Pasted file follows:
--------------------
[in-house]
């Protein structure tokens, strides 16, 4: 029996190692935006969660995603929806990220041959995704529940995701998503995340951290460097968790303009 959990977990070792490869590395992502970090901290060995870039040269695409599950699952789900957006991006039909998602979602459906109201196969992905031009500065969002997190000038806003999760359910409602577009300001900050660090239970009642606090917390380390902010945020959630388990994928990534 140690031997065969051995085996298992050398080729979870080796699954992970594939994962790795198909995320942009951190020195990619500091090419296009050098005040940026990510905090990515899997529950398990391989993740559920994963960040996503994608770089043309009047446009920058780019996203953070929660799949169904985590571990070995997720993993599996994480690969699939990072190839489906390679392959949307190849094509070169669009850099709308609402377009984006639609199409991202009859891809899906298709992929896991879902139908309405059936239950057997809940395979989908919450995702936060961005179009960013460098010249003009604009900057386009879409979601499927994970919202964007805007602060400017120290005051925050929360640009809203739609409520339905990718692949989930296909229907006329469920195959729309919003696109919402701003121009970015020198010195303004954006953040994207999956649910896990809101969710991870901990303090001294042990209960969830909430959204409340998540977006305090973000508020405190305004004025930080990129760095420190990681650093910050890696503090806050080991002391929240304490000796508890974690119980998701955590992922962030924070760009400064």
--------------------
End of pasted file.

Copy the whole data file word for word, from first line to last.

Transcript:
[in-house]
């Protein structure tokens, strides 16, 4: 029996190692935006969660995603929806990220041959995704529940995701998503995340951290460097968790303009 959990977990070792490869590395992502970090901290060995870039040269695409599950699952789900957006991006039909998602979602459906109201196969992905031009500065969002997190000038806003999760359910409602577009300001900050660090239970009642606090917390380390902010945020959630388990994928990534 140690031997065969051995085996298992050398080729979870080796699954992970594939994962790795198909995320942009951190020195990619500091090419296009050098005040940026990510905090990515899997529950398990391989993740559920994963960040996503994608770089043309009047446009920058780019996203953070929660799949169904985590571990070995997720993993599996994480690969699939990072190839489906390679392959949307190849094509070169669009850099709308609402377009984006639609199409991202009859891809899906298709992929896991879902139908309405059936239950057997809940395979989908919450995702936060961005179009960013460098010249003009604009900057386009879409979601499927994970919202964007805007602060400017120290005051925050929360640009809203739609409520339905990718692949989930296909229907006329469920195959729309919003696109919402701003121009970015020198010195303004954006953040994207999956649910896990809101969710991870901990303090001294042990209960969830909430959204409340998540977006305090973000508020405190305004004025930080990129760095420190990681650093910050890696503090806050080991002391929240304490000796508890974690119980998701955590992922962030924070760009400064």